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I am trying to create a CNN model that classifies if a person is wearing a seatbelt or not to verify they drive safely. I know to get images of people wearing seatbelts and people not wearing seatbelts, but I have a problem.

What if the person doesn’t submit a picture of them in a car at all? How do I construct the rest of the dataset to determine if that picture is an actual picture of a person wearing a seatbelt?

Do I insert completely random pictures in a different category? Do I classify images that don’t have a high confidence score as "wrong" images? Or leave it?

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  • $\begingroup$ Yes, thanks! If you can reference a Bayesian NN with CNNs in Tensorflow that would be a great help! $\endgroup$ – Samay Lakhani Aug 2 at 21:47
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From what I understood, you want to be able to determine whether the input to your classifier is a valid picture or not. Where:

  • Valid picture: image of a person wearing or not wearing a seatbelt
  • Not valid picture: unrelated images (say a kitchen picture) or noise, or a black image (no input at all)

For that you could build a Bayesian model from your current deep-learning model. Check out Pyro (from pytorch). The main idea behind it, is that the model will always predict a class: person wearing or not wearing a seatbelt. But since it is a Bayesian model it will also tell you the confidence of the prediction in terms of the similarity of the input with the input distribution for which the model was trained. In other words, it will also tell you "how valid" is that prediction, or "how valid" is the input for that prediction.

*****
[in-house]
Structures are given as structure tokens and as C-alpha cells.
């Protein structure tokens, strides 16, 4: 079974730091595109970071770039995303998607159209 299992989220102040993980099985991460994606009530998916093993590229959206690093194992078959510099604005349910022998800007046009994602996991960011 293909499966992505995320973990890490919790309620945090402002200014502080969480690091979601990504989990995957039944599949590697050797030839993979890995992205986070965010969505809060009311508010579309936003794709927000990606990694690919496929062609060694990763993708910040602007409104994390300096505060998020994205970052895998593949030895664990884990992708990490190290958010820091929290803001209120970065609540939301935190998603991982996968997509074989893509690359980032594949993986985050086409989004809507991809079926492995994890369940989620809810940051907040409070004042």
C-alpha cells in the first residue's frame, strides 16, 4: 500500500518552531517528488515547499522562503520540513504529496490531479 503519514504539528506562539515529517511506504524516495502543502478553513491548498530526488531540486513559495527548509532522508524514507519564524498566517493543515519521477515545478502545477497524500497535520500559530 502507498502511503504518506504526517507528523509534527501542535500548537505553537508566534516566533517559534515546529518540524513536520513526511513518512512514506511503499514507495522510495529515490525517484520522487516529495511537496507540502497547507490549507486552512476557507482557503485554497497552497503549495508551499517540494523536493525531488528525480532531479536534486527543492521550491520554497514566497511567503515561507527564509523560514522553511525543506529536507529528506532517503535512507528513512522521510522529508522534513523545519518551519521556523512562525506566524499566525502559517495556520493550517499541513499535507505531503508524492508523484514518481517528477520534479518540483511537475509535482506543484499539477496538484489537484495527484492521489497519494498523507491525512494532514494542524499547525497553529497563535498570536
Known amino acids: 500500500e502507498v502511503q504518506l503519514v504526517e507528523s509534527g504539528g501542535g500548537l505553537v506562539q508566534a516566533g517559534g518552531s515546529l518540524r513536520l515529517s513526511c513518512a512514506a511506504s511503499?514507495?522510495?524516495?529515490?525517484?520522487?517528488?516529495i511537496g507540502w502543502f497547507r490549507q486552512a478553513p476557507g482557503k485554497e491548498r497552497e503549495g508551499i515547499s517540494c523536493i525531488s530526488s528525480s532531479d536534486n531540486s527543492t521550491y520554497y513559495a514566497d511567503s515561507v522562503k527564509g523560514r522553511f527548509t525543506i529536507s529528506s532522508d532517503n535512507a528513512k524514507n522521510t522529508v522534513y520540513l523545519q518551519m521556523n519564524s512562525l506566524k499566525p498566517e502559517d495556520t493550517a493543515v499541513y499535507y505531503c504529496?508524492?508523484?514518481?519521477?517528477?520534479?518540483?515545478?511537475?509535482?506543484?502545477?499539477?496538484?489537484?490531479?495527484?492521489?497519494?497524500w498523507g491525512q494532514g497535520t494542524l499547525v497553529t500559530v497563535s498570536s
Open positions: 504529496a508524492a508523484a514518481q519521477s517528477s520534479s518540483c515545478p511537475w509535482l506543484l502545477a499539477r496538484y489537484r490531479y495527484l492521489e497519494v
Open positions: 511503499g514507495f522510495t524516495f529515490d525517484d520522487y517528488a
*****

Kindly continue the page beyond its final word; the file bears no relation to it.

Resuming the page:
Check out this post where it is very well explained. Hope it helps!

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  • $\begingroup$ This may be a good suggestion, but, in practice, it isn't guaranteed that the Bayesian model will provide well-calibrated uncertainty estimates. $\endgroup$ – nbro Aug 2 at 15:56
  • $\begingroup$ Thanks so much! If you can reference a way to do so using a CNN and/or Tensorflow, I would appreciate it as it would save time learning a new library. Thanks again. $\endgroup$ – Samay Lakhani Aug 2 at 18:06
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Yes, a category "no person" or "random image" would make sense. Binary classification is only helpful if you know that your input always belongs to one or the other category, for example by pre-filtering the inputs.

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  • $\begingroup$ I've heard using Bayesian Neural Networks are good for this sort of problem. BNNs print out a probability that doesn't add up to only one, and there is a threshold then for the confidence score for the model to be able to say "I don't know." Which approach would be more effective, do you think? $\endgroup$ – Samay Lakhani Aug 2 at 22:28
  • $\begingroup$ I can't say. In general, you need experience with several methods to judge which is best for a given case, or you need to ask an expert, which I am not in the image classification field. $\endgroup$ – Hans-Martin Mosner Aug 3 at 5:18

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